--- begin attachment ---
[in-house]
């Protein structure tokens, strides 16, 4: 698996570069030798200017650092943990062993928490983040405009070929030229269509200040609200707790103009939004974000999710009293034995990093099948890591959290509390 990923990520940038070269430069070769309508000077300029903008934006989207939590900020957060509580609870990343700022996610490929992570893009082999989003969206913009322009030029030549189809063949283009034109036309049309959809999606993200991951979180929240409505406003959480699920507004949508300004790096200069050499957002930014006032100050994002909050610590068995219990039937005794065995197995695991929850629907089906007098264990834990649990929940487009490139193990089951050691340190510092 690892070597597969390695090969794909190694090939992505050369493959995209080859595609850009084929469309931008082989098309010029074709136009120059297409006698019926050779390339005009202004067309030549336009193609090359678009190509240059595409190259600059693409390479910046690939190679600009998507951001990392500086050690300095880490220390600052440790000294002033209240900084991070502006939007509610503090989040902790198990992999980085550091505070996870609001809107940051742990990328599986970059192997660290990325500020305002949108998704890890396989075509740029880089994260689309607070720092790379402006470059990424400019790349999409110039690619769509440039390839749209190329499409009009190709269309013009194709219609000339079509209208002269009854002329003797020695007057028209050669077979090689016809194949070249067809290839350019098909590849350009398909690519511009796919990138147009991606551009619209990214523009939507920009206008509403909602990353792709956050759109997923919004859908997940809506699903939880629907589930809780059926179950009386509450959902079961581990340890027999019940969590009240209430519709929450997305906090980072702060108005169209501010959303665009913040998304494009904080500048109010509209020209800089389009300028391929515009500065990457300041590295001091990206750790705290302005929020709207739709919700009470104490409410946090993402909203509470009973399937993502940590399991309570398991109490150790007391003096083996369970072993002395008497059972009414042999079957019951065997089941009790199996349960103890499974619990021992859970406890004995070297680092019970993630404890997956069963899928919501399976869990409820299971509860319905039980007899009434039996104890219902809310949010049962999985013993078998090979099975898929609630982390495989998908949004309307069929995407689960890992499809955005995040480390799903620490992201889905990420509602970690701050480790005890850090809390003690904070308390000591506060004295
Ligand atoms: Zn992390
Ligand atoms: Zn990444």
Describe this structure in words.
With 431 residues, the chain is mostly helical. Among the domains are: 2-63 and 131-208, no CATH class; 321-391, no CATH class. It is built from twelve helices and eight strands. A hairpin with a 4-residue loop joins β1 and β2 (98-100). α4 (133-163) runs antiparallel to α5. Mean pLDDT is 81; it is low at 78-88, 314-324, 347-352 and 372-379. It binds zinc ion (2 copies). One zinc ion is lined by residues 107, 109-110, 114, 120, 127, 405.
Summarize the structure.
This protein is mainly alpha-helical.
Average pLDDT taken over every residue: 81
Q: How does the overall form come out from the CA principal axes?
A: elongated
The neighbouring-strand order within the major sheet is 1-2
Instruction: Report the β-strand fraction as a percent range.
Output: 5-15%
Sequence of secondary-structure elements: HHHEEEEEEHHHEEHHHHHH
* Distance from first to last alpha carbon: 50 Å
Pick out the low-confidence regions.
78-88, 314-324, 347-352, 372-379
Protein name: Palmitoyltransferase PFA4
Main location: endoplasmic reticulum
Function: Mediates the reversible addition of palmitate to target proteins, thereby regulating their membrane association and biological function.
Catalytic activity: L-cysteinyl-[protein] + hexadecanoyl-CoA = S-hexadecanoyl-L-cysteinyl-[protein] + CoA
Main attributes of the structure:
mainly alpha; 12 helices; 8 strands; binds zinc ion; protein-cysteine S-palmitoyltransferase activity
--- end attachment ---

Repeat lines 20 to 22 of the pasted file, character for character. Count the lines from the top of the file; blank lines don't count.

Main location: endoplasmic reticulum
Function: Mediates the reversible addition of palmitate to target proteins, thereby regulating their membrane association and biological function.
Catalytic activity: L-cysteinyl-[protein] + hexadecanoyl-CoA = S-hexadecanoyl-L-cysteinyl-[protein] + CoA